This UN handout photo shows Imran Khan, prime minister of the Pakistan, as he virtually addresses the general debate of the 75th session of the United Nations General Assembly, on 25 September 2020, in New York
This UN handout photo shows Imran Khan, prime minister of the Pakistan, as he virtually addresses the general debate of the 75th session of the United Nations General Assembly, on 25 September 2020, in New YorkAFP

The Indian delegate at the United Nations General Assembly session on Friday walked out in protest when Pakistan prime minister Imran Khan began attacking India in his speech at the high-level meeting, reports Indian news agency IANS.

He also criticised the wilful provocation of incitement to hate and violence by French satirical weekly Charlie Hebdo cartoons of Prophet Mohammad (PBUH), reports AFP.

India's First Secretary Mijito Vinito, who was sitting on the second seat in the first row of the Assembly chamber, stood up and left as soon as Khan turned on India by focusing on the Rashtriya Swayamsevak Sangh (RSS).

In a tweet, India’s Permanent Representative to the UN, TS Tirumurti decried Khan’s attacks as “warmongering and obfuscation”.

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Khan’s pre-recorded speech was screened at the General Assembly chamber during the annual meeting stymied this year by the COVID-19 precautions.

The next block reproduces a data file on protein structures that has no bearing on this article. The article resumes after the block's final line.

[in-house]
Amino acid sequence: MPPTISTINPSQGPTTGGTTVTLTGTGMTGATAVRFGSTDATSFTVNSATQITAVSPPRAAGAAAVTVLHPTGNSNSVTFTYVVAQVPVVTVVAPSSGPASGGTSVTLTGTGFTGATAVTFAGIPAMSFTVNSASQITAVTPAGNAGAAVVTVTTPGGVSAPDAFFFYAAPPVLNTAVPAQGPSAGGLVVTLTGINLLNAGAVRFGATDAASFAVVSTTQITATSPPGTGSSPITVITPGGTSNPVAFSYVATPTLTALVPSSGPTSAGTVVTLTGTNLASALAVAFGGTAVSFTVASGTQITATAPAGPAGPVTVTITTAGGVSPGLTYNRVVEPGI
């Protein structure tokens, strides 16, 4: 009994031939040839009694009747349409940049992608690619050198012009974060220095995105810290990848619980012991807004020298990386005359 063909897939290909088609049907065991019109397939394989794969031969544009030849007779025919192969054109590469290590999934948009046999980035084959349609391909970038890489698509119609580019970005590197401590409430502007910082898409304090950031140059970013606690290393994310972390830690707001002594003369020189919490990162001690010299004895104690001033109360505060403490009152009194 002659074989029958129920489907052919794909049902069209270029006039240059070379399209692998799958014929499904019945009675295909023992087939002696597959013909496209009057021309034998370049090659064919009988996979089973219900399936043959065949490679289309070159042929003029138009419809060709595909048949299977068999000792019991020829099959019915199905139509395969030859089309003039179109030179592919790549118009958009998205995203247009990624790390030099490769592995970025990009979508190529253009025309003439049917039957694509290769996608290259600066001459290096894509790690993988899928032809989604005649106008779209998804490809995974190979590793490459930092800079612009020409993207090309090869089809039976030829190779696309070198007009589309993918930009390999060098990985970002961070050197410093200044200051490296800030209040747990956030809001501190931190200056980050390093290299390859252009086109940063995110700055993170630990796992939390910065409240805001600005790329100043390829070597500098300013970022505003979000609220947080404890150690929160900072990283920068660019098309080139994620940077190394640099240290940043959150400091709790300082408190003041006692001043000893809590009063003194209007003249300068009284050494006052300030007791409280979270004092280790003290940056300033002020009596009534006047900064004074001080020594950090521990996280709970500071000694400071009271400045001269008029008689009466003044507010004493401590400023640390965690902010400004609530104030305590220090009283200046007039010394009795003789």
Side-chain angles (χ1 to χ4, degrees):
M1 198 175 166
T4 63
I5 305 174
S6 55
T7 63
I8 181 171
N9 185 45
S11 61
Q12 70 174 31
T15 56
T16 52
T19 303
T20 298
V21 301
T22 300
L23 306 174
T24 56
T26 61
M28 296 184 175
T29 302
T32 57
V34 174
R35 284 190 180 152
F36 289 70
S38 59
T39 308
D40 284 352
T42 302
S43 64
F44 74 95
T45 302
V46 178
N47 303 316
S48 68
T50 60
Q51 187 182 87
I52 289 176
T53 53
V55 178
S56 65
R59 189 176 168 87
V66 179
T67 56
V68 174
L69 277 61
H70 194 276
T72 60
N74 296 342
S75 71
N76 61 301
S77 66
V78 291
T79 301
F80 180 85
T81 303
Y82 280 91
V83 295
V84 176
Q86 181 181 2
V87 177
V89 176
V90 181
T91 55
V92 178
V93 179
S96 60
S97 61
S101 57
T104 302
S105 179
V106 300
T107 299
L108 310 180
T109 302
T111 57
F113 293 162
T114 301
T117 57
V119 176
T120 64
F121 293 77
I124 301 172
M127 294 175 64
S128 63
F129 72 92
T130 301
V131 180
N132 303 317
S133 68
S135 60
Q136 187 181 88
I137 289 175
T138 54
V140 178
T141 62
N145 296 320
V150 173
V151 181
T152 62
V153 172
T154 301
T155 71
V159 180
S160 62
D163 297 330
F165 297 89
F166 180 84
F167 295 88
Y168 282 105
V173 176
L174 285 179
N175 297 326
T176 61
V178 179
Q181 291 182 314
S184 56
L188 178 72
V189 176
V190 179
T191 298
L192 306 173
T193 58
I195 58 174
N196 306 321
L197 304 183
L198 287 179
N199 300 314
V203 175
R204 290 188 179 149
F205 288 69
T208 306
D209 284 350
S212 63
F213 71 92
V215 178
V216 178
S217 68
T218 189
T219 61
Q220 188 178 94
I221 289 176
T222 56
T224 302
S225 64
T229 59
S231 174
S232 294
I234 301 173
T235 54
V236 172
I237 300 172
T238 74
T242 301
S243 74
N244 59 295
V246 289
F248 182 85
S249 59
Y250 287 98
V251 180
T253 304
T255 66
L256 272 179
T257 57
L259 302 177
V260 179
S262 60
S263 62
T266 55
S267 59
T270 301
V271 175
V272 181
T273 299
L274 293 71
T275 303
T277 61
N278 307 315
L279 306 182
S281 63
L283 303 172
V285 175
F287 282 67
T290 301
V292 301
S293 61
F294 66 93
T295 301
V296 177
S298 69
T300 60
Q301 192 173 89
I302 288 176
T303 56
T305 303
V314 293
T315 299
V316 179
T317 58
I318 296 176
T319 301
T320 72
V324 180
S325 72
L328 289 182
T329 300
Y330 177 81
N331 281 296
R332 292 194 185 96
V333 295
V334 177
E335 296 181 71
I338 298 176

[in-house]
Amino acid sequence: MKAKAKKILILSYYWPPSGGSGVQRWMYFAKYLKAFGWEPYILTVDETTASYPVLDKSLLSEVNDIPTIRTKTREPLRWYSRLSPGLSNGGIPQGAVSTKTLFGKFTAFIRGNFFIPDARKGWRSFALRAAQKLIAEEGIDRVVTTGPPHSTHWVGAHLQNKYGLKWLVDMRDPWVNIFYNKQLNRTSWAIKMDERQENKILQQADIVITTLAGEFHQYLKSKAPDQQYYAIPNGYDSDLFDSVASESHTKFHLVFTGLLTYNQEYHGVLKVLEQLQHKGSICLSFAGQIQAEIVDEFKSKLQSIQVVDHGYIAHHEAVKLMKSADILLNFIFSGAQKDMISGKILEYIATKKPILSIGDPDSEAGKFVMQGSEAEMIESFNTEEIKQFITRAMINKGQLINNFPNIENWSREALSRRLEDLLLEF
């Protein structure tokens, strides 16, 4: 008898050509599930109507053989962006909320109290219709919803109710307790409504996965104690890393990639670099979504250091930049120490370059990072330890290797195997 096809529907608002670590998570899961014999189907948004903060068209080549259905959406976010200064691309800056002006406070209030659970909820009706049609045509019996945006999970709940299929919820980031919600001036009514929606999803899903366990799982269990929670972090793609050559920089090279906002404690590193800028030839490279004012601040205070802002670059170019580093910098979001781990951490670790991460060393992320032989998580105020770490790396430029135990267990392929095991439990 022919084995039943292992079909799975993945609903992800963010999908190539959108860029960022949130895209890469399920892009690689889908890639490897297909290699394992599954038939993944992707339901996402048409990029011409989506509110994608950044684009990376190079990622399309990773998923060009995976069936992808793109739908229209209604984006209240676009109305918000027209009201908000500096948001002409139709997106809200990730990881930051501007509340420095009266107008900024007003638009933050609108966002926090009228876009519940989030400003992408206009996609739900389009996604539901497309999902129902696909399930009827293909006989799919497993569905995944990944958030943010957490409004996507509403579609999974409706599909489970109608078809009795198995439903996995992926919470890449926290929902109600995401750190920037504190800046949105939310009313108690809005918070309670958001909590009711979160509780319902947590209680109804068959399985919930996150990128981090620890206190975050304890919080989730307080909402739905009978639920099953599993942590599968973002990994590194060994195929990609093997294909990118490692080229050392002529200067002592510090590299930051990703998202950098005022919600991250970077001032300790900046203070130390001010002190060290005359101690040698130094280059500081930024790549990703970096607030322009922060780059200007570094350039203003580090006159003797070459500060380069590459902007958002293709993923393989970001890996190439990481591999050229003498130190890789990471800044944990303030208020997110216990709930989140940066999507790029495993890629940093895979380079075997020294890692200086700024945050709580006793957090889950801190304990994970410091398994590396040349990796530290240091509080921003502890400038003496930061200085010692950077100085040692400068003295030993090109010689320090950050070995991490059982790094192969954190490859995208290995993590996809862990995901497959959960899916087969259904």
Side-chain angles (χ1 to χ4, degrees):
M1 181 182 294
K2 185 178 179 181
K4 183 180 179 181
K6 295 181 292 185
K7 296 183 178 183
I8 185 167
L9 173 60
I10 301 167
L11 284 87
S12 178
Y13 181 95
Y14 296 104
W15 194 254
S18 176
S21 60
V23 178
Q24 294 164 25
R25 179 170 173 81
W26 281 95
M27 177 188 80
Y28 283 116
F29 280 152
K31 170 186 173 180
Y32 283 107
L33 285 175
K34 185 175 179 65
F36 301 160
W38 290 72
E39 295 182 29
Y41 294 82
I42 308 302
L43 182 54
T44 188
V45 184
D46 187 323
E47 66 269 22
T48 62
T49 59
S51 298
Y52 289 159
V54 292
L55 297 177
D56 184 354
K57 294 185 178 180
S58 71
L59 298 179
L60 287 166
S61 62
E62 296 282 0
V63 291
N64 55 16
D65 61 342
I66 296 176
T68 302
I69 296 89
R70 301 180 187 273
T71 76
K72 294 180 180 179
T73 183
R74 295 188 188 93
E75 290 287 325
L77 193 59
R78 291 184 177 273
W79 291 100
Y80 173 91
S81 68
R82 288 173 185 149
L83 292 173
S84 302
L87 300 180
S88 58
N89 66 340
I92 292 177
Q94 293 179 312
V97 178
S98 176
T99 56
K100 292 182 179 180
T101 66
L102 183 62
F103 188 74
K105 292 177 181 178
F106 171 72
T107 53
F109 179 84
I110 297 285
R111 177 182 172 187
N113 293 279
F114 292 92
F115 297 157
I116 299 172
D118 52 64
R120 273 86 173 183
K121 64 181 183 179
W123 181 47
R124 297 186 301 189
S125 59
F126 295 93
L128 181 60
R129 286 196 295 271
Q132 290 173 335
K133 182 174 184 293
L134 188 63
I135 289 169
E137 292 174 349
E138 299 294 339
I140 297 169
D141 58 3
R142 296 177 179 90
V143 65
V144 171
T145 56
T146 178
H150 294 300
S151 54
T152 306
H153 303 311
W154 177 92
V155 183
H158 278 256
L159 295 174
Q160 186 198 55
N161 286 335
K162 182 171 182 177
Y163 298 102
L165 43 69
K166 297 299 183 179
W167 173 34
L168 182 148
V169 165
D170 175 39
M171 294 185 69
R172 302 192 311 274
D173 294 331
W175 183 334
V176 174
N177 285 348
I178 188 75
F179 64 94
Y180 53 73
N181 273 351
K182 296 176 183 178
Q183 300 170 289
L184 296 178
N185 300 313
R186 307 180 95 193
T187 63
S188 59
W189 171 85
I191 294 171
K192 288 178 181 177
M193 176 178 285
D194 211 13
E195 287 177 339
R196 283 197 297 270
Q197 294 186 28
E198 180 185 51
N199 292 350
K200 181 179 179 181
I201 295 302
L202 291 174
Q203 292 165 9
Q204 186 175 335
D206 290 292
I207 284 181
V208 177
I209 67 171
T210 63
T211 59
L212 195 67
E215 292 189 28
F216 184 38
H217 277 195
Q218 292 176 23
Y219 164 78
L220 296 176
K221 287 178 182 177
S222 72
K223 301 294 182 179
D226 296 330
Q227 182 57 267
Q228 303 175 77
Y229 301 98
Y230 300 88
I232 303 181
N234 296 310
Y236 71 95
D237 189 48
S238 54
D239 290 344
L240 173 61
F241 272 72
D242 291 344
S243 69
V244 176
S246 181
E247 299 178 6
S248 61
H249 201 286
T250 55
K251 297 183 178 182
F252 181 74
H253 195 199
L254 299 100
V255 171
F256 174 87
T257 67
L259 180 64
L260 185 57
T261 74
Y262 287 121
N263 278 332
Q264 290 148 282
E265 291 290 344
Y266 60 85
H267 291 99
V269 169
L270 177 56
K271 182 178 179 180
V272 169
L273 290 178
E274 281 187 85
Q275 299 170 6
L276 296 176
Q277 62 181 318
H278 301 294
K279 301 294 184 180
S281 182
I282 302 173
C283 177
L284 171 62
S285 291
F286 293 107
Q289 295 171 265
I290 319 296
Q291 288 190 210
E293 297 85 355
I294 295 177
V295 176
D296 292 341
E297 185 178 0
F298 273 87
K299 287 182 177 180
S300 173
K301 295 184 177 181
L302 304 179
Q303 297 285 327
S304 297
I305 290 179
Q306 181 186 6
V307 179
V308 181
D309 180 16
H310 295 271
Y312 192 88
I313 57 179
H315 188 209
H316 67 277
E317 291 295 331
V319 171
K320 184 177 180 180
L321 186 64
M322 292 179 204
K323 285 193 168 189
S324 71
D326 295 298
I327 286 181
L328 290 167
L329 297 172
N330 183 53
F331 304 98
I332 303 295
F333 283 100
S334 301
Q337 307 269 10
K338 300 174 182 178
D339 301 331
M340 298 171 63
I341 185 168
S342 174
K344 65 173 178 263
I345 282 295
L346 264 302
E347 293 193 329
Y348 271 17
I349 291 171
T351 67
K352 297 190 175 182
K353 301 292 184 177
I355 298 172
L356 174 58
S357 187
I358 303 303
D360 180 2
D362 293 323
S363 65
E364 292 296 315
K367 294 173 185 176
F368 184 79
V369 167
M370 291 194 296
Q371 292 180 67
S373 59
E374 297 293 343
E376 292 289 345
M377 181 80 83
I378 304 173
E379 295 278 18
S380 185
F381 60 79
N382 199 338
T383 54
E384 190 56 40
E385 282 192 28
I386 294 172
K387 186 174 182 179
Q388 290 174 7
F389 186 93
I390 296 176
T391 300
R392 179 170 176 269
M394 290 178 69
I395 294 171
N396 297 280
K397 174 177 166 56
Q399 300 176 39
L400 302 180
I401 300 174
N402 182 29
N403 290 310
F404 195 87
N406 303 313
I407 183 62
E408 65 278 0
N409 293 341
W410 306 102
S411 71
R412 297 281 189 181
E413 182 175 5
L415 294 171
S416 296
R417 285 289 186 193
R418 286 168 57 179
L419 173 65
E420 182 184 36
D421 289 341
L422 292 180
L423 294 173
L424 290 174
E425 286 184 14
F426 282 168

A new element tucked into Khan’s 34-minute speech, more than a third of which was devoted to India, was a call for the Security Council to send its peacekeeping force to Kashmir by drawing a parallel to East Timor, now known as Timor-Leste.

We stress that willful provocations and incitement to hate and violence must be universally outlawed. This assembly should declare an international day to combat Islamophobia and build a coalition to fight the scourge
Imran Khan, Pakistan prime minister

“The Security Council must prevent a disaster conflict (in Kashmir) and secure the implementation of its own resolutions, as it did in the case of East Timor,” Khan said.

The Security Council authorised international intervention and sent peacekeepers in the aftermath of the Indonesian invasion of the former Portuguese colony, but a parallel would require such a force to clear Pakistanis in Kashmir in defiance of its resolution demanding their withdrawal.

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Khan also declared a thinly veiled support for the attacks on India by the militants.

“The government and the people of Pakistan are committed to standing by and supporting the Kashmiri brothers and sisters in their legitimate struggle for self-determination,” he said.

Khan was silent on the persecution of the Uighur minority in China, Pakistan’s patron, and Beijing’s verified creation of camps for internment of the Muslim minority and campaign to eradicate their cultural and religious identity

To preemptively deny the involvement in any Pakistan-sponsored attacks on India, Khan said, “We have consistently sensitised the world community about a false flag operation.”

Khan alleged, “India is playing a dangerous game of upping the ante against Pakistan in a nuclearised environment.”

In his tweet, Tirumurti said, “PM of Pakistan’s statement a new diplomatic low at 75th UN General Assembly. Another litany of vicious falsehood, personal attacks, warmongering and obfuscation of Pakistan’s persecution of its own minorities and of its cross-border terrorism. Befitting Right of Reply awaits.”